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Goodbye, Sweet Girl : A Story of Domestic Violence and Survival by Kelly Sundberg

 

 

Goodbye, Sweet Girl by Kelly Sundberg:

In this brave and beautiful memoir, written with the raw honesty and devastating openness of The Glass Castle and The Liar’s Club, a woman chronicles how her marriage devolved from a love story into a shocking tale of abuse—examining the tenderness and violence entwined in the relationship, why she endured years of physical and emotional pain, and how she eventually broke free

“You made me hit you in the face,” he said mournfully. “Now everyone is going to know.” “I know,” I said. “I’m sorry.”

Kelly Sundberg’s husband, Caleb, was a funny, warm, supportive man and a wonderful father to their little boy Reed. He was also vengeful and violent. But Sundberg did not know that when she fell in love, and for years told herself he would get better. It took a decade for her to ultimately accept that the partnership she desired could not work with such a broken man. In her remarkable book, she offers an intimate record of the joys and terrors that accompanied her long, difficult awakening, and presents a haunting, heartbreaking glimpse into why women remain too long in dangerous relationships.

To understand herself and her violent marriage, Sundberg looks to her childhood in Salmon, a small, isolated mountain community known as the most redneck town in Idaho. Like her marriage, Salmon is a place of deep contradictions, where Mormon ranchers and hippie back-to-landers live side-by-side; a place of magical beauty riven by secret brutality; a place that takes pride in its individualism and rugged self-sufficiency, yet is beholden to church and communal standards at all costs.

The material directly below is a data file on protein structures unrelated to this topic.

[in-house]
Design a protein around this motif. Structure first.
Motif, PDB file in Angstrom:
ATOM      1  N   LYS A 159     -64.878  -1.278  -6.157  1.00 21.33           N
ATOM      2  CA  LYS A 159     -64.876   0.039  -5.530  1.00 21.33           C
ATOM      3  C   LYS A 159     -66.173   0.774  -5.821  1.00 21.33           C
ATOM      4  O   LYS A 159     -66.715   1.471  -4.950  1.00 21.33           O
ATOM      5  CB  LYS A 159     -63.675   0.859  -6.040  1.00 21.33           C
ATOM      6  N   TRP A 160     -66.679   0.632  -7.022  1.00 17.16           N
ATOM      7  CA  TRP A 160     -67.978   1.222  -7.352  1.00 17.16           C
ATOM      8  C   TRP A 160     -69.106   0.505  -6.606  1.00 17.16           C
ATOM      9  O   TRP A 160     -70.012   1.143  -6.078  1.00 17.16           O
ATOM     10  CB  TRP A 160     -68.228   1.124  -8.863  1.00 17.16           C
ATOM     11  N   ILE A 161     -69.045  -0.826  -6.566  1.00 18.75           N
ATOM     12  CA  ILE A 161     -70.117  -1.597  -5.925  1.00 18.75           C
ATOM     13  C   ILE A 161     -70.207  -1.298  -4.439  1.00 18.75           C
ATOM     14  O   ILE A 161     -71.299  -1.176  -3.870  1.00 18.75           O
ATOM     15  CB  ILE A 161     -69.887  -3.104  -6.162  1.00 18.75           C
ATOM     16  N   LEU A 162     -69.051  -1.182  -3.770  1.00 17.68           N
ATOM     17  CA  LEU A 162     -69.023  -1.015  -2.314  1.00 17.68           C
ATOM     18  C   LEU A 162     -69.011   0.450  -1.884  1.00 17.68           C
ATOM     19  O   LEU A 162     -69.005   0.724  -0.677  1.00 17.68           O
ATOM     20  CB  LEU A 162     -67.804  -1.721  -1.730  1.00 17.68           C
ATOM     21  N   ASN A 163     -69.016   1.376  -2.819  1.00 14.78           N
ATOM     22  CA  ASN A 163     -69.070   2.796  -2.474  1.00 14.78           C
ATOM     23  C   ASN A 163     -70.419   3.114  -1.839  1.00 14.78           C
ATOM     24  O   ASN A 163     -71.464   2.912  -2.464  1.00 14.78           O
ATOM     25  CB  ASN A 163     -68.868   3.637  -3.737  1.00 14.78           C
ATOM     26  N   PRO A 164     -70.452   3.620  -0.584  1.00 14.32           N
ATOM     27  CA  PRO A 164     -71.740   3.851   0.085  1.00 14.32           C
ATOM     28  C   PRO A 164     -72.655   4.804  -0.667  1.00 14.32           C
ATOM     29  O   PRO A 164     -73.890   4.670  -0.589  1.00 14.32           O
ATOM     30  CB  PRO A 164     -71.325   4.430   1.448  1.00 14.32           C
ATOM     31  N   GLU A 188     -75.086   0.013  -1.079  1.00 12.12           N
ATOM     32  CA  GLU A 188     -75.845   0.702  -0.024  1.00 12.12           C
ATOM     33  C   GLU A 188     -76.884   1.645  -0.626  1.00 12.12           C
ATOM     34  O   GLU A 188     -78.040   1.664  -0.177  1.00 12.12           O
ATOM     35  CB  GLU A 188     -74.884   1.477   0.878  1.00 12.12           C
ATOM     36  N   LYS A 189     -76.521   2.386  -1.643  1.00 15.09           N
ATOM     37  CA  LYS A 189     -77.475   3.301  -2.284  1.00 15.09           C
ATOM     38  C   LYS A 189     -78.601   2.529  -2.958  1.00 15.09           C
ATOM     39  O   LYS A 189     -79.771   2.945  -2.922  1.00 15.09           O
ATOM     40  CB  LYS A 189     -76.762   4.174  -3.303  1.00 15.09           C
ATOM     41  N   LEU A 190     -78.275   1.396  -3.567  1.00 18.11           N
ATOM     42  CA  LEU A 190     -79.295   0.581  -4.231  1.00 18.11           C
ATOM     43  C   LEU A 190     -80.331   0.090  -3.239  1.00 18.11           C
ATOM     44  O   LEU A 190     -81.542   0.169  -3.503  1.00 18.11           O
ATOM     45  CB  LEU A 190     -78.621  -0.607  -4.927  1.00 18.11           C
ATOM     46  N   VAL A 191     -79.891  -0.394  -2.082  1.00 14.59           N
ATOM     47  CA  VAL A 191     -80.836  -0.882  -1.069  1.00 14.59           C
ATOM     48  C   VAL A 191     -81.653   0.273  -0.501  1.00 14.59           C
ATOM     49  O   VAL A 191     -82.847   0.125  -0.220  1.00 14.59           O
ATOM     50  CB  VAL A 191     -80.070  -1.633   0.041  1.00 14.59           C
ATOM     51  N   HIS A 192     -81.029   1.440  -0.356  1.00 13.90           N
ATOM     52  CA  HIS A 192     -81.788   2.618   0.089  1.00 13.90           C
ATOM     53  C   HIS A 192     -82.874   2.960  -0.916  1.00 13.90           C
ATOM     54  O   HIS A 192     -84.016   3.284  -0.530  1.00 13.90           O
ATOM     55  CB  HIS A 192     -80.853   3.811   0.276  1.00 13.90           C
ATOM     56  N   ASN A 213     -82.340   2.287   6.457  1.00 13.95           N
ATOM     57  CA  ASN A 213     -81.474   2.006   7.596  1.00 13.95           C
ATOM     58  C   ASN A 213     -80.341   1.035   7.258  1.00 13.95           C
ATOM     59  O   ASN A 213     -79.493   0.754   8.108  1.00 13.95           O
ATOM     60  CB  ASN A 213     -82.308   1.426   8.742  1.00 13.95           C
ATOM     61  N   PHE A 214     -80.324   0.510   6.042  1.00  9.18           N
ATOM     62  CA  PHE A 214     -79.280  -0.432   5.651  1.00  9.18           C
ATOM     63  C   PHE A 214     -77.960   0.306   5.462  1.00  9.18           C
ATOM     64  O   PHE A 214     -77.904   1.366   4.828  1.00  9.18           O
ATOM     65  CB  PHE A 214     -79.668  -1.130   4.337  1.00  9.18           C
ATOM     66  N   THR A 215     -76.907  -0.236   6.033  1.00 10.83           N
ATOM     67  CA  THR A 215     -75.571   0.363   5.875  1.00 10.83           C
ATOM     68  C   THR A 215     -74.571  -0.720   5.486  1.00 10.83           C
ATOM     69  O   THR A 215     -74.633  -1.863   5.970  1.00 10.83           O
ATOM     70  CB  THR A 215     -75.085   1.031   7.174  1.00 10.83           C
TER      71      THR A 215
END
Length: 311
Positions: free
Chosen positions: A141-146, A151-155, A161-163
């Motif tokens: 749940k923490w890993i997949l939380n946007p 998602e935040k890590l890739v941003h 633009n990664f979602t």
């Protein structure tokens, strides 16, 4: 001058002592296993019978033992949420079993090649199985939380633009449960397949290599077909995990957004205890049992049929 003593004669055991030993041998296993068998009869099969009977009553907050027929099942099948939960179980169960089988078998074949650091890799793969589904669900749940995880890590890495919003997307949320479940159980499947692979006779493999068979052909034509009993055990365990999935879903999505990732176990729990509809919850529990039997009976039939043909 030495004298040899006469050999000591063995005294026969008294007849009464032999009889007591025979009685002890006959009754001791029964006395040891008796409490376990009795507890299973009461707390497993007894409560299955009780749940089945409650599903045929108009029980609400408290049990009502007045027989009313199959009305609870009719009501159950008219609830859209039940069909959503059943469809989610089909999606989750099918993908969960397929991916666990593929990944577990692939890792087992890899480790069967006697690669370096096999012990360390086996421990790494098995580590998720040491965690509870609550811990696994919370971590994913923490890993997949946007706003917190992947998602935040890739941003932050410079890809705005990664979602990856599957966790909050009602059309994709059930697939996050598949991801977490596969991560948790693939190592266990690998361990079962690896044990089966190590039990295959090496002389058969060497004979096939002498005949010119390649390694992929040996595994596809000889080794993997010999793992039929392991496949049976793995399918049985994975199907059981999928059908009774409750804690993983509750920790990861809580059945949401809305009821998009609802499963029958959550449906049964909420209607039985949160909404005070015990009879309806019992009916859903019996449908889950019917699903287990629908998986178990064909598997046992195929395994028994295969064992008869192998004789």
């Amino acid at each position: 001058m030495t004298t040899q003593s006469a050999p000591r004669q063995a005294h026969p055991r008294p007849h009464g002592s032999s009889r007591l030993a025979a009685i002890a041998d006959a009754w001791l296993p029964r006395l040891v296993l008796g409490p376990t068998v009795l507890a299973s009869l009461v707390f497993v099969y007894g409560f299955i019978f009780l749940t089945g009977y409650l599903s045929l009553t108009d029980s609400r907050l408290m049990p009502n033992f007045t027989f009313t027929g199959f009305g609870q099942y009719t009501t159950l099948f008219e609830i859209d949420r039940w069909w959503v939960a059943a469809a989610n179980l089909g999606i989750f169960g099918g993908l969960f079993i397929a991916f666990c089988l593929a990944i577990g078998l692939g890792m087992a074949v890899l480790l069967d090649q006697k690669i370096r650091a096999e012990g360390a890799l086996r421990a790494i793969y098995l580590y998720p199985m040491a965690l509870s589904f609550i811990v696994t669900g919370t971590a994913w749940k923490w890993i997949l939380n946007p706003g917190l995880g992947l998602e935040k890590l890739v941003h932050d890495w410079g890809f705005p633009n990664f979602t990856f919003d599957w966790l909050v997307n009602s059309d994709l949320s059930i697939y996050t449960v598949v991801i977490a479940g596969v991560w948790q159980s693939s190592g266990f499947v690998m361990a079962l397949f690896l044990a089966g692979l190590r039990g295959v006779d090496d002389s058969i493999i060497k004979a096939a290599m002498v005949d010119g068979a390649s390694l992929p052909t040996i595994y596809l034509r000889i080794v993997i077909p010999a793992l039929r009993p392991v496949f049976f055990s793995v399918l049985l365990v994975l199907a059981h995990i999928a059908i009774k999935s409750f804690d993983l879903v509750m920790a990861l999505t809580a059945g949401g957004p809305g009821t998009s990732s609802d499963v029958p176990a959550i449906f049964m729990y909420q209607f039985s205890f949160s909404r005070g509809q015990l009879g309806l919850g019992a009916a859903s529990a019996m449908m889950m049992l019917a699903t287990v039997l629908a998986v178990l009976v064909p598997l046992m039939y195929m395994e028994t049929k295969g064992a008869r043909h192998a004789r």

Mesmerizing and poetic, Goodbye, Sweet Girl is a harrowing, cautionary, and ultimately redemptive tale that brilliantly illuminates one woman’s transformation as she gradually rejects the painful reality of her violent life at the hands of the man who is supposed to cherish her, begins to accept responsibility for herself, and learns to believe that she deserves better.


Prasie:

“In her stunning memoir, Kelly Sundberg examines the heart-breaking bonds of love, detailing her near decade-long marriage’s slide into horrific abuse. Sundberg shares her own confusions, fears and empathy for her violent husband, even as she comes to realize he will never change. This is an immensely courageous story that will break your heart, leave you in tears, and, finally, offer hope and redemption. Brava, Kelly Sundberg.”— Rene Denfeld, author of The Child Finder

“A fierce, frightening, soulful reckoning—Goodbye, Sweet Girl is an expertly rendered memoir that investigates why we stay in relationships that hurt us, and how we survive when we leave them. Kelly Sundberg is a force. She has written the rare book that has the power to change lives.”— Christa Parravani, author of Her: A Memoir

“Kelly Sundberg’s lyrical, devastating 2014 essay about domestic violence, “It Will Look Like a Sunset,” made readers hold their collective breath. It’s now expanded into a full-length memoir about Sundberg’s husband, a man who was wonderful and violent at turns.” (Elle, The 30 Best Books to Read This Summer)

Goodbye, Sweet Girl is a story of domestic violence and survival, written by Kelly Sundberg, who experienced abuse at the hands of her husband. A strong and empowering memoir, the layers of Sundberg’s life are utterly inspiring.” (Women.com, 15 Awesome Books With Strong Female Protagonists)